Dear Members of the Fordham Family,
Last week the chair of the Board of Trustees and I wrote to you to share with you the news of the University’s decision to temporarily suspend its contribution to the faculty and staff retirement plan from now till 30 June 2021. As some of you may know, negotiations with the Faculty Senate, Local 810 and Local 153 regarding that action and the state of the budget began in mid-September. Every pay period that passed without an agreement from all three groups reduced the amount of money saved by $800,000. Therefore, the University had to act sooner rather than later to close the substantial budget gap with which it is wrestling during the current difficult fiscal year. I write to you today to give you more background on our budget challenges, our priorities and our planning.
As I shared with you in the State of the University Address that I delivered in early September, Fordham initially faced a $105 million budget shortfall this year as a result of a number of factors, including additional costs related to its efforts to respond to the health and safety challenges caused by COVID-19, a significant decline in enrollment (especially on the undergraduate level), a corresponding decline in the number of students in University housing, and an increase in the number of requests for enhanced financial aid that we received from students whose families suffered substantial declines in income as a result of the pandemic. To close that significant gap, the University took steps that we believed would preserve the jobs of all of our faculty and staff. We froze salaries and hiring, and offered a voluntary separation program to members of the clerical and administrative staffs. In spite of these efforts, however, a multi-million-dollar gap remained.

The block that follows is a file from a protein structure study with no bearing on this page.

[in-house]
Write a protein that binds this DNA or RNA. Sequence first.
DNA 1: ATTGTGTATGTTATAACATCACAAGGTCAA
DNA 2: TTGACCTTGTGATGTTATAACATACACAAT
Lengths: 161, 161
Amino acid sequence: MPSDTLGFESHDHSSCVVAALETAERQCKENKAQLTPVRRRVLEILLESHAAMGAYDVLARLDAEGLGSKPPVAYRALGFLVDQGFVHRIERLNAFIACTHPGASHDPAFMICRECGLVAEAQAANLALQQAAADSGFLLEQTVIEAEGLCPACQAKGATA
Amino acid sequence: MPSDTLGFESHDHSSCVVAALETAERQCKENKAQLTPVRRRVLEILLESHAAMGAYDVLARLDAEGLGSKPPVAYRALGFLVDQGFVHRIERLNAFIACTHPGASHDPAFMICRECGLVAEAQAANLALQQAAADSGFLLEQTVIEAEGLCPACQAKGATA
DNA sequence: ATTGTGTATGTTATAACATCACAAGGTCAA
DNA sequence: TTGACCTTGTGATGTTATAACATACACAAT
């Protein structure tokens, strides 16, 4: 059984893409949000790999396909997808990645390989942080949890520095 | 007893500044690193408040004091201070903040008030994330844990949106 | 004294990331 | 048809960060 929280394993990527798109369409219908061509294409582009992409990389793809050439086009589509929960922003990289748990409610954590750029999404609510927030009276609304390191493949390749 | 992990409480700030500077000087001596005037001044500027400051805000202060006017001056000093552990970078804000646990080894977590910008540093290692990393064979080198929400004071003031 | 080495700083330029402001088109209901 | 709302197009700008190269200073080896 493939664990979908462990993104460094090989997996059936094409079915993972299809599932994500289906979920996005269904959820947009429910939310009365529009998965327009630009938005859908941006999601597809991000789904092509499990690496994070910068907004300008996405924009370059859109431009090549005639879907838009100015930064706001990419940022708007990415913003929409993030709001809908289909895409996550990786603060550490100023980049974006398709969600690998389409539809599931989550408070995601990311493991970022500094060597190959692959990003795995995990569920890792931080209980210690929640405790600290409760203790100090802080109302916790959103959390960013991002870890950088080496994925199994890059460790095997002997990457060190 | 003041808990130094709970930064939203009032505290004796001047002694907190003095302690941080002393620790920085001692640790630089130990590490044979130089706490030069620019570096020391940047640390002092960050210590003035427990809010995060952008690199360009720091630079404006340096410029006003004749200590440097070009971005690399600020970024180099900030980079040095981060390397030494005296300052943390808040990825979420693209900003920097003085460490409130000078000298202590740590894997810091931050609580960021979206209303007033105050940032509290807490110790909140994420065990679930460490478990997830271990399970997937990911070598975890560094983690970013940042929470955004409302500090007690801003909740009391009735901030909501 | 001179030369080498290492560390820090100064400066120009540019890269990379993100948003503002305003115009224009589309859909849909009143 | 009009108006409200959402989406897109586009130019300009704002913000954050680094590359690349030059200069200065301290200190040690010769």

The University had two hard alternatives from which to choose to close that gap: suspending the University’s retirement contribution for the last three quarters of the current fiscal year; or furloughing or laying off members of our faculty and staff. We believed, and continue to believe, that the second option would fall disproportionately on the most vulnerable members of the University’s workforce. Aside from being counter to Fordham’s ethos, doing so would weaken our ability to carry out our core mission, and further reduce our ability to attract students in a highly competitive higher education climate.
Faced with this difficult decision, and the need to balance the budget through judicious cuts to expenses, the University leadership decided that it would be more compassionate to temporarily suspend the retirement match than to introduce University-wide layoffs or furloughs at this time. In our conversations with the Faculty Senate, we stressed over and over again that the Board and I hope and intend to restore the withheld funds if and when the University’s finances are back on firm footing. To keep you abreast of the efforts that we will be making toward that goal, we will hold budget forums on both campuses each semester to update the Fordham community on our operating results and financial outlook.
I have heard four broad questions in response to the facts outlined above, why can’t the University:
- use the contingency fund?
- commit to repaying the retirement fund, with interest, over a set term?
- run a deficit during this emergency?
- spend money from the endowment?